A new study by the Center for National Studies has found that people who punch walls are likely to hurt their hands.
This breakthrough research took the scientific community by surprise as it was previously believed that punching a hard, immovable object would have no impact at all on one’s health.
“Never before has science examined the impact that wall punching has on the hand,” said David Borealis, professor at the University of Maryland at Los Angeles or UMLA. “We think this important research could help save hands from getting bruised.”
For the study, Borealis and his team conducted tests on mice. In a controlled environment, using the cement wall in the university’s bathroom, they asked mice to punch the wall with their little clawed fists.
The mice, unbelievably, reacted negatively to the impact. They had bruises on their little paws after repeated punching until the point where they started to say “ouch!”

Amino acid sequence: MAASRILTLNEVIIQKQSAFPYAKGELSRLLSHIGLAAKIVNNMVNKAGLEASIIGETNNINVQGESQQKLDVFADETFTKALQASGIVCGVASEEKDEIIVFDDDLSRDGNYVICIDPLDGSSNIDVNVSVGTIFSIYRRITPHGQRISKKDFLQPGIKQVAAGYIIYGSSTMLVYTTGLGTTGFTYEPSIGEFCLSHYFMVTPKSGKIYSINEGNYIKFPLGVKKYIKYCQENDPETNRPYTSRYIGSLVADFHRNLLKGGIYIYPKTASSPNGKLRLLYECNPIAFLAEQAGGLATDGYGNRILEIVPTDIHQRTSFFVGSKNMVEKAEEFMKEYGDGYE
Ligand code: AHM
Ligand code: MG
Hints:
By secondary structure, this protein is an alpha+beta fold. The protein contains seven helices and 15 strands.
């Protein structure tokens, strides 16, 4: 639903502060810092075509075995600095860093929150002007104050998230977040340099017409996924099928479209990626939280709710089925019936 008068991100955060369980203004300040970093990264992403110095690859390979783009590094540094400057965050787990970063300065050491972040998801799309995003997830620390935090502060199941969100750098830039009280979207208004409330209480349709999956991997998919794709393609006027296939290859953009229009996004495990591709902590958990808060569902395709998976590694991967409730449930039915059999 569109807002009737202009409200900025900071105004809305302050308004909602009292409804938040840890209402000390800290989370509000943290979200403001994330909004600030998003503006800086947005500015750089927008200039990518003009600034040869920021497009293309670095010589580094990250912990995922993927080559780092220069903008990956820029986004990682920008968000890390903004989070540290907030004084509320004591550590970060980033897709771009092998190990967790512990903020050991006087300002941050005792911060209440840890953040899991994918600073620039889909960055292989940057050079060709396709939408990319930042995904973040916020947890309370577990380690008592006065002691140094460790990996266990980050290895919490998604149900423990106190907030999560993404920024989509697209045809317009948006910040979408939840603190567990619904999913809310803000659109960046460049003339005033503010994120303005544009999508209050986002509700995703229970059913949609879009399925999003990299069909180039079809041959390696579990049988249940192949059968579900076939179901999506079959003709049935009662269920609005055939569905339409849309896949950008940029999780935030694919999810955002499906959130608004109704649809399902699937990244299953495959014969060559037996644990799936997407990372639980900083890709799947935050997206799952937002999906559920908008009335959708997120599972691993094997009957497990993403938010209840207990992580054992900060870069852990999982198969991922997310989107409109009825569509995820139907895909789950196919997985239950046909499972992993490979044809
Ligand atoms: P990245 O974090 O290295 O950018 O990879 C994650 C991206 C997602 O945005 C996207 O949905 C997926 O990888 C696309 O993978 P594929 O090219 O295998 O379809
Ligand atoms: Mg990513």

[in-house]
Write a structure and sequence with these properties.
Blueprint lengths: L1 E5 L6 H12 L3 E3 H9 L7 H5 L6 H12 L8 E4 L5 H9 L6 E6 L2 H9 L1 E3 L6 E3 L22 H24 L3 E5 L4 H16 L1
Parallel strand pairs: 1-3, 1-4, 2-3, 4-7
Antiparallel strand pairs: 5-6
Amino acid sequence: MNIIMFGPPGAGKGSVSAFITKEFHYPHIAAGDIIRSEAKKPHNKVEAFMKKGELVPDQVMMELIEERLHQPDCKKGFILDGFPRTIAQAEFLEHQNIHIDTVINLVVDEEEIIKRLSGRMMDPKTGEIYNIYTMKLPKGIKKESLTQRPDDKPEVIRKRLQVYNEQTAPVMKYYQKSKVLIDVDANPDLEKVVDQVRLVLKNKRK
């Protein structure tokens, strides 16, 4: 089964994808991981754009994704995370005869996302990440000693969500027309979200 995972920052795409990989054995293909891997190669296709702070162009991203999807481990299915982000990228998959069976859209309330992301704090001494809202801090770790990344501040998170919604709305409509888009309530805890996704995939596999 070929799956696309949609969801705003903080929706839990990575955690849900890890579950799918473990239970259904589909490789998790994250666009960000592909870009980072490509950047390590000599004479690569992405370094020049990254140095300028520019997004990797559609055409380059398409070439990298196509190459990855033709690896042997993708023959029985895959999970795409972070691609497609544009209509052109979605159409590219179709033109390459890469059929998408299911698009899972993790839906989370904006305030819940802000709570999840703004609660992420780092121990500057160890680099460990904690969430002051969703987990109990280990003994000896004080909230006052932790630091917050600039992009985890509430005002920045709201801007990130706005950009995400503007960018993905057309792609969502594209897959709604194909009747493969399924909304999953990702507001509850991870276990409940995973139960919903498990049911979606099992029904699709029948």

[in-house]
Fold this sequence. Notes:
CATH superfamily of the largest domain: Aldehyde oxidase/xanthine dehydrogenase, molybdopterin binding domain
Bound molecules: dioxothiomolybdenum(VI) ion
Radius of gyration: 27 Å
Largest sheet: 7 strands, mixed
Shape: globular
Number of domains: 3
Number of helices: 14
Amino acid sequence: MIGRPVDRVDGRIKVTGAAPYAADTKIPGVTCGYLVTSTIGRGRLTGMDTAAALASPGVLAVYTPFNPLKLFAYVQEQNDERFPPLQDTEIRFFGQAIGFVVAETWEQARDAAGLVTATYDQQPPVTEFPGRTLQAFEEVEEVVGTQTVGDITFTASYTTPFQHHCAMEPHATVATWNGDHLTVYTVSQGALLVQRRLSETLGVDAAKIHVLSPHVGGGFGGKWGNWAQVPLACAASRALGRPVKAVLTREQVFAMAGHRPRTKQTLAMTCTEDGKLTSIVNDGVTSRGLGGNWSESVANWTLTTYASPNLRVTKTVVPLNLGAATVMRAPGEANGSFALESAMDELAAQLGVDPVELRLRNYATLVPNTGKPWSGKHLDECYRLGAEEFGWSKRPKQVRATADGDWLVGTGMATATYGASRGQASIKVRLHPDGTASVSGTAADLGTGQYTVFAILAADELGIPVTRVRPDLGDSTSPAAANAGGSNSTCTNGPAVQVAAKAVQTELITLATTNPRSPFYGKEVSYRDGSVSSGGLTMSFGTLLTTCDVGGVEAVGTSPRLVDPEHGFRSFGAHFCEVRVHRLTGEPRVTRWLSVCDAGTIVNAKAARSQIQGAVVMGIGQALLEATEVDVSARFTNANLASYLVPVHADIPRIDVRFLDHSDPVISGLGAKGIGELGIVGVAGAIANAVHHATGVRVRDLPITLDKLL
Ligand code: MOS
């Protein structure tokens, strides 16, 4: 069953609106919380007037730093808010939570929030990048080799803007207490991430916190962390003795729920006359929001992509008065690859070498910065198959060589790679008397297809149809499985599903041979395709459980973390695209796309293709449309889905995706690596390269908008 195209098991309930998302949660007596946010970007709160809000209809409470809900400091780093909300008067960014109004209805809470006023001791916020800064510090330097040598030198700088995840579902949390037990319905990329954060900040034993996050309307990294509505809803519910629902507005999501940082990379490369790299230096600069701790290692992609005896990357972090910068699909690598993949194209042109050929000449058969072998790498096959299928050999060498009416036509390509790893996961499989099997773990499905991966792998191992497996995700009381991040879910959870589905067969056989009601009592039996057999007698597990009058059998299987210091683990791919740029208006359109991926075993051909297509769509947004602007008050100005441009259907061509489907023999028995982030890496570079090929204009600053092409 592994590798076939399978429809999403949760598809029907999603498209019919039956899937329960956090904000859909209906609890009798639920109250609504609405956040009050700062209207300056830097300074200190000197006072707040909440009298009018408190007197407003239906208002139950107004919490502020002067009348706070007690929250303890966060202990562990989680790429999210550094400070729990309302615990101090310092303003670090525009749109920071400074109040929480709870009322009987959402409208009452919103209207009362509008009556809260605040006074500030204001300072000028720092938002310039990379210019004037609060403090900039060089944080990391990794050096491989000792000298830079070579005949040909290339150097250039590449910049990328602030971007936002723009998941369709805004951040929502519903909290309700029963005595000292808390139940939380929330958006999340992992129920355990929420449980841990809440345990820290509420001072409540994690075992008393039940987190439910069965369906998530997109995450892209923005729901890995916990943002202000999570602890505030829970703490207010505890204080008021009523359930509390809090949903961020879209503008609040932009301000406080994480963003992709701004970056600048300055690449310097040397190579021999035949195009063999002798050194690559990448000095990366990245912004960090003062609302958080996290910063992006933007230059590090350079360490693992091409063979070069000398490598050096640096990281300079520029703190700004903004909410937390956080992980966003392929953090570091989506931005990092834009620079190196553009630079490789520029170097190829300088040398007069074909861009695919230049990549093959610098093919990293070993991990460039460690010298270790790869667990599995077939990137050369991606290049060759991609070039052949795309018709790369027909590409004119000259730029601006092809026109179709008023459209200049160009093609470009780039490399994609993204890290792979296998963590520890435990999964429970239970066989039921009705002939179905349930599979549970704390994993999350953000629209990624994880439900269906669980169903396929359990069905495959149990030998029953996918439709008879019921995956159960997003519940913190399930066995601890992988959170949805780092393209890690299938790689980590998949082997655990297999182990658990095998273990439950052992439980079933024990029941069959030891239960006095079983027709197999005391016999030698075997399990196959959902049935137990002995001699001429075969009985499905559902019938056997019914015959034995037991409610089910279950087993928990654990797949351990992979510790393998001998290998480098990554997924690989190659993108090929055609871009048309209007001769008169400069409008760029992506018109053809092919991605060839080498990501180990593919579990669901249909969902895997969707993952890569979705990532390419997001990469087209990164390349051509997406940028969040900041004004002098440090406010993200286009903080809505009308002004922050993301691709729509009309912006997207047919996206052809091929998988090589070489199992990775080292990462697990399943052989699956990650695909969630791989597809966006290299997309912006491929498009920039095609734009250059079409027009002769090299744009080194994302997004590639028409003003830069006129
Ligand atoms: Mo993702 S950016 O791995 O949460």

“The other thing about this study is that we learned that mice follow directions really well and are able to speak some English,” said Borealis.
The researchers believe that if extrapolated out, humans would also hurt their hands if they punched a wall.
“We will not tell anyone not to punch a wall, because that is your right,” said Borealis. “Some people punch walls on a daily basis out of pure enjoyment. We’re just warning the medical community that they should caution their patients about the risks of such activity.”
Radnor Pharmaceuticals is currently working on a drug that will allow people to keep punching walls. The drug, Wallpunchio, will make the hand stronger and more padded, like a Popeye hand, to combat the effects of wall punching. It will also help fight acid reflux and cure certain cancers.
“We don’t think that people should stop doing what they enjoy just because it’s not good for them,” said Radnor CEO Dan Davis. “Wallpunchio will afford them the freedom to keep punching cement walls.”